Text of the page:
The book I learned out of was Clawhammer Banjo by Miles Krassen. Of all the "teach yourself banjo" books I've seen, I think this one best represents the old-time style (none of this modern hippie business).

My dad, an experienced guitar and banjo player, successfully picked up the mandolin several years ago. This would be good if you looking for something small, but it takes more effort to learn. Also, because the neck's so small, it's really easy to give yourself tendonitis if you don't know what you're doing. My dad found this out the hard way.
posted by Commander Rachek at 6:01 PM on April 19, 2008

Well, the uke has been suggested... very fun to play, and unduly ragged upon for some reason. The mandolin is quite nice, since it is tuned to a circle of fifths, backwards from a guitar (GDAE), and the courses give it a full sound. I don't have much experience with the banjo, but the banjolin is a real fun instrument if you can get your hands on one. It is tuned like a mandolin, but has a banjo-like timbre, and plays like a uke. Best of all worlds!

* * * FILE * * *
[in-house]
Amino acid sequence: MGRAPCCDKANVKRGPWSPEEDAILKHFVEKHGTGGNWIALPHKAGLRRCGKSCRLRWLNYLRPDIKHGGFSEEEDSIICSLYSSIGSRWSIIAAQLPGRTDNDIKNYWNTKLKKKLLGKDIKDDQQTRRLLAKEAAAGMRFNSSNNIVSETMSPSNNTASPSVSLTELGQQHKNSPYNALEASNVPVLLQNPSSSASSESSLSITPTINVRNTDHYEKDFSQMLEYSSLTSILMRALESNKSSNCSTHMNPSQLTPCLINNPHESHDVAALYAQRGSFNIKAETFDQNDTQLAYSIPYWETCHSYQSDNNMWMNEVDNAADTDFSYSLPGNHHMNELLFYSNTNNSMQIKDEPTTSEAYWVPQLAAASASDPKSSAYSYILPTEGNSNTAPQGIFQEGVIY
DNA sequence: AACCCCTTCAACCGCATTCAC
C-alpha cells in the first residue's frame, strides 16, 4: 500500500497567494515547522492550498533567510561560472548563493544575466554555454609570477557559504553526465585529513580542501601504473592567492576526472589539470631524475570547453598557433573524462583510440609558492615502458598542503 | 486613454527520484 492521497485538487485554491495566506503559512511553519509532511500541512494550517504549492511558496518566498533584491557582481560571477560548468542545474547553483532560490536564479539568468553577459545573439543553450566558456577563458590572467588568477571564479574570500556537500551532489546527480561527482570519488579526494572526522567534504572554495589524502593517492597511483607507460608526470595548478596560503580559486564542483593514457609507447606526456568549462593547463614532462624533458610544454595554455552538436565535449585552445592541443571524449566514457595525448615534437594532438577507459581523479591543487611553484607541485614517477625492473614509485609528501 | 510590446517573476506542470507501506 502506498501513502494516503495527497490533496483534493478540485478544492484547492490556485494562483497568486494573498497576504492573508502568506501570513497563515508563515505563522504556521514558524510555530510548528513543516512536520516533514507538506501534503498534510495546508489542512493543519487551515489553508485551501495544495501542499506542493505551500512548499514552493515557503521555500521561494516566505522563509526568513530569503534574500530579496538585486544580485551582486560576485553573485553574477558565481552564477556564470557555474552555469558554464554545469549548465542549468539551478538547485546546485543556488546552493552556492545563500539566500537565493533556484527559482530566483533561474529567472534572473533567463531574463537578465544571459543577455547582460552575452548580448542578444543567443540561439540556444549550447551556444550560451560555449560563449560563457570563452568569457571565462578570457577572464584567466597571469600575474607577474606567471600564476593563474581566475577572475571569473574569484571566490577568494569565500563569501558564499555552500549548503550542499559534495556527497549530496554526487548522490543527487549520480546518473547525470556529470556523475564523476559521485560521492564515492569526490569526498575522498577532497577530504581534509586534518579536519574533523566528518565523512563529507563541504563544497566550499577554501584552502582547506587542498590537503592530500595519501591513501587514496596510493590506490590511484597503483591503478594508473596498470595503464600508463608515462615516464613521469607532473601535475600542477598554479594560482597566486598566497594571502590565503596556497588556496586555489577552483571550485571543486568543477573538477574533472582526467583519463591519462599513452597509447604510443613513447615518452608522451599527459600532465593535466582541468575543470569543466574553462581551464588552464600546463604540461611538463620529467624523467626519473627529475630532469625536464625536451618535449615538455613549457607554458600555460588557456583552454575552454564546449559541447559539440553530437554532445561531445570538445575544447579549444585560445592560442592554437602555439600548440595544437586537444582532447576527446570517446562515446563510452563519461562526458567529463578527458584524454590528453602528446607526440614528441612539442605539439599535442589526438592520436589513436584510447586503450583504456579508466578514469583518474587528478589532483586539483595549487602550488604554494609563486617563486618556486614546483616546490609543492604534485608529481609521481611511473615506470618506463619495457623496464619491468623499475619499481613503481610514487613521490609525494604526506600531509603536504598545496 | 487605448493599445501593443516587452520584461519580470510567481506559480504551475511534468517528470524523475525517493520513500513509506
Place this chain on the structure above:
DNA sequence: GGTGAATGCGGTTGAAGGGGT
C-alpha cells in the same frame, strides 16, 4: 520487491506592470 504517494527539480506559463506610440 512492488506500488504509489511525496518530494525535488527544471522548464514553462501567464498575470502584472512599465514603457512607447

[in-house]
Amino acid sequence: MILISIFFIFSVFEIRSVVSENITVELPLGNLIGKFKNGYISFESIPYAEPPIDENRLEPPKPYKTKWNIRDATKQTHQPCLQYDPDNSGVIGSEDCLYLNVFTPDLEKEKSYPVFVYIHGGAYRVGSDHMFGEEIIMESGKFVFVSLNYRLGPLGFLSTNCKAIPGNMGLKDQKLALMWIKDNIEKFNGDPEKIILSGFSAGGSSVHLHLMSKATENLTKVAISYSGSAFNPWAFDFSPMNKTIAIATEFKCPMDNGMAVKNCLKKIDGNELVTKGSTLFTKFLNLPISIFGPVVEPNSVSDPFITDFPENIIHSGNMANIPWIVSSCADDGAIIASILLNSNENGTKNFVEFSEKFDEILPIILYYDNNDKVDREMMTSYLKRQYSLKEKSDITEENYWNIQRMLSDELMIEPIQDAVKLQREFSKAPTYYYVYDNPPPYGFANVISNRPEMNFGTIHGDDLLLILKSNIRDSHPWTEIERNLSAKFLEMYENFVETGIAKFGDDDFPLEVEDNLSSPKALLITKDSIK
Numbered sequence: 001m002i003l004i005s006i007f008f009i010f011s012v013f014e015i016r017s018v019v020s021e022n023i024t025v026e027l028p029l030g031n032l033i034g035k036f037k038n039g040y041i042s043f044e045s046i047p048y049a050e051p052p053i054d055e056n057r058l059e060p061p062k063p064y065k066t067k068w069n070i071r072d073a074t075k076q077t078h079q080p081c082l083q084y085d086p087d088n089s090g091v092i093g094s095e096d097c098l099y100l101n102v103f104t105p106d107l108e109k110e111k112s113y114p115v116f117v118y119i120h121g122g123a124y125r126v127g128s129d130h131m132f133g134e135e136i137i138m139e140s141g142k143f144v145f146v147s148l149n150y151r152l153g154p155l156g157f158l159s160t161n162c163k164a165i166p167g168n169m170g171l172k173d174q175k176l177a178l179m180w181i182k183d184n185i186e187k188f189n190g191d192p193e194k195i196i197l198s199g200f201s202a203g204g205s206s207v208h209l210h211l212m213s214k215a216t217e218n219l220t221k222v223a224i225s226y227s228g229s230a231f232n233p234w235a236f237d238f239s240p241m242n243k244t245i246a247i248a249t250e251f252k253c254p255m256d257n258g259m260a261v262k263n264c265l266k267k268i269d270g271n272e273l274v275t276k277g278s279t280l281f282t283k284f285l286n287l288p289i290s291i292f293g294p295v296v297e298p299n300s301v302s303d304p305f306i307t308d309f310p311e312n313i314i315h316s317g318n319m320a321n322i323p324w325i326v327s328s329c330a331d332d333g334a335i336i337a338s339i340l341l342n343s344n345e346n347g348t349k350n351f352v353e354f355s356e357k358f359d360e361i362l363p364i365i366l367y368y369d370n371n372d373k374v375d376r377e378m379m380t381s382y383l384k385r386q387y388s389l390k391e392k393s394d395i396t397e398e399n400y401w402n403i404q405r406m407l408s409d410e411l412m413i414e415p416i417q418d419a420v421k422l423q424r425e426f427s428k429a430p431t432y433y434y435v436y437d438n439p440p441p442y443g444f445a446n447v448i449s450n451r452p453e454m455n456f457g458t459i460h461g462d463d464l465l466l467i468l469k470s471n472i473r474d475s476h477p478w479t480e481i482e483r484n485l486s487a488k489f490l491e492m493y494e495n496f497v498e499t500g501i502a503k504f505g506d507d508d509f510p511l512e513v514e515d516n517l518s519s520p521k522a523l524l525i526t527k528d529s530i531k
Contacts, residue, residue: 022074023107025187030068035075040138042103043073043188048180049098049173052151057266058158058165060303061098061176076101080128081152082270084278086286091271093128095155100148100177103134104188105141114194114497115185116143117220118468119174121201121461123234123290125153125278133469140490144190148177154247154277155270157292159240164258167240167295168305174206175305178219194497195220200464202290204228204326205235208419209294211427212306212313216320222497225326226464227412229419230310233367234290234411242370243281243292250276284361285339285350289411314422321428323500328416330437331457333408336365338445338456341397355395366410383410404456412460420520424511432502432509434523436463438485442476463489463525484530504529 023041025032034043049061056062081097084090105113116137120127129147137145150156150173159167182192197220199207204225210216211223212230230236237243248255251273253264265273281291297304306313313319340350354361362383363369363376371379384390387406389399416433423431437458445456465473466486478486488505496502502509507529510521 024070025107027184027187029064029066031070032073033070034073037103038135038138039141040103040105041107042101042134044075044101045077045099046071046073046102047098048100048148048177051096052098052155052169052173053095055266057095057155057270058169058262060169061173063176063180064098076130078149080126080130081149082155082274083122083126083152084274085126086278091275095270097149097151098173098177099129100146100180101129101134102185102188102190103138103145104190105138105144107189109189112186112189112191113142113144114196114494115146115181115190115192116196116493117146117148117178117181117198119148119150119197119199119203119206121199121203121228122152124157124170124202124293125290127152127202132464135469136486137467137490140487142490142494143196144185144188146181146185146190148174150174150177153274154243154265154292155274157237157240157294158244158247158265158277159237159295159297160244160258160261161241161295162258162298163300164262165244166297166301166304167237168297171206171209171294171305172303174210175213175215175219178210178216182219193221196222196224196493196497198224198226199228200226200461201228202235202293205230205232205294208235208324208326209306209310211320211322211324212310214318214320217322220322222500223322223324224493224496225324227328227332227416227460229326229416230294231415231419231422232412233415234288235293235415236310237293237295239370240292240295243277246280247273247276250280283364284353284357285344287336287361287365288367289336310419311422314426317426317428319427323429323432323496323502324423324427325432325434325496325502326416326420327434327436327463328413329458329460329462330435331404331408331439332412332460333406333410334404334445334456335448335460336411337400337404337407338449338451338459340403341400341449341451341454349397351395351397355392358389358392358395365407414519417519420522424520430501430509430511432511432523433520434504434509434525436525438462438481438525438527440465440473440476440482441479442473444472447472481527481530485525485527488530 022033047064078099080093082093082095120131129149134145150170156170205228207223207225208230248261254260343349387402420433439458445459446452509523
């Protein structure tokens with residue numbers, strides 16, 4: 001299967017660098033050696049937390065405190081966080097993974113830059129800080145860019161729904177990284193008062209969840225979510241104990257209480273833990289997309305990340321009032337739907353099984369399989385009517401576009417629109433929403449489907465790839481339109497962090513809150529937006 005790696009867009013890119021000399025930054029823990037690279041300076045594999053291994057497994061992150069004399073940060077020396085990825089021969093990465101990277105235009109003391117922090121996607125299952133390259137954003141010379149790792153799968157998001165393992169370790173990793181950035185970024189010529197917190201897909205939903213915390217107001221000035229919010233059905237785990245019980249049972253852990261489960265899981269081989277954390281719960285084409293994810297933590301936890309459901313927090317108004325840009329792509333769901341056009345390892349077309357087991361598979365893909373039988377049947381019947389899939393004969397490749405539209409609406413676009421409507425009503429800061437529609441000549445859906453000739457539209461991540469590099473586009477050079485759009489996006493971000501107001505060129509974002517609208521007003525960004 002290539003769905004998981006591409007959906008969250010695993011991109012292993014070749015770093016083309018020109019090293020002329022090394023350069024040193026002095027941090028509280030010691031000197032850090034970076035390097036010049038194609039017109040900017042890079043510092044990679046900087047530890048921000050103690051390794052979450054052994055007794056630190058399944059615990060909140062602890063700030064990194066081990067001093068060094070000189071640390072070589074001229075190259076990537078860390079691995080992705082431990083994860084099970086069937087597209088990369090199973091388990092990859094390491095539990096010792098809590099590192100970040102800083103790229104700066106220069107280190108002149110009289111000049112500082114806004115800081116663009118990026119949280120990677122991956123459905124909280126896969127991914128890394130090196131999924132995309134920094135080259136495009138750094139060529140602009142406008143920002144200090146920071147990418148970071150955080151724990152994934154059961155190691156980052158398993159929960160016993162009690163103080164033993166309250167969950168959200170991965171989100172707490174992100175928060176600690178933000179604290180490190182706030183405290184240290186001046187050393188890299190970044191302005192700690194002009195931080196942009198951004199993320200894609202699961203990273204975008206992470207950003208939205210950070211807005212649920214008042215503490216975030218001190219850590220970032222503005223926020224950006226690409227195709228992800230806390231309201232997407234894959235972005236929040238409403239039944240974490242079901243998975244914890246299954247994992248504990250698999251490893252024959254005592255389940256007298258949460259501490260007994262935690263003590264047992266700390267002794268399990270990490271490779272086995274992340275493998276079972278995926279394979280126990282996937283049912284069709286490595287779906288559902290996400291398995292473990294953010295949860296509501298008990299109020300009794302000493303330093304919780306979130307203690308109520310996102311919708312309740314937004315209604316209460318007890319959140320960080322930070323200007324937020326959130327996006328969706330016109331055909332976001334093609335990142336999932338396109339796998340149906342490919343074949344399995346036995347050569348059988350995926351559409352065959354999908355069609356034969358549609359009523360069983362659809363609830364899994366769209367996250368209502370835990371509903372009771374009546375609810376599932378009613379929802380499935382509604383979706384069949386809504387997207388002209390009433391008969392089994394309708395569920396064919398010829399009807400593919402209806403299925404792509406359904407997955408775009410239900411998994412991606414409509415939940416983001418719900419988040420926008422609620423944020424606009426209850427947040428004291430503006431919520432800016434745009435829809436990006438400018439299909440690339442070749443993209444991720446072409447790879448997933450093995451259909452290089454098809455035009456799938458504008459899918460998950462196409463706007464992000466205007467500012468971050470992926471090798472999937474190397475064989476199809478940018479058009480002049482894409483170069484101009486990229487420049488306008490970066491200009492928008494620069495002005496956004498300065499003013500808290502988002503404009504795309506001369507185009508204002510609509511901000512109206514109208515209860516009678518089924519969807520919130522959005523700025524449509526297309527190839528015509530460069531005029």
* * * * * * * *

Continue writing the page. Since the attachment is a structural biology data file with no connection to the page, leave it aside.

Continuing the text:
You could also go with a shamisen for some exotic flavor, but they are nearly as big as a guitar and require a special plectrum.
posted by synaesthetichaze at 6:25 PM on April 19, 2008

Get a mandolin and call yourself Mando Calrissian.

Or a uke.
posted by ludwig_van at 6:37 PM on April 19, 2008

I picked up a charango in Ecuador for $20 after seeing a traditional South American band play with them. Not sure how available they are but as an experienced guitarist, I like to fiddle around on them. Can be hard to find the strings though, I couldn't find any in Ecuador (didn't have a whole lot of time on my hands to look) and in Colombia, though I could see music shops that sold the Charango, they didn't sell the strings. Took a long time to hunt down some.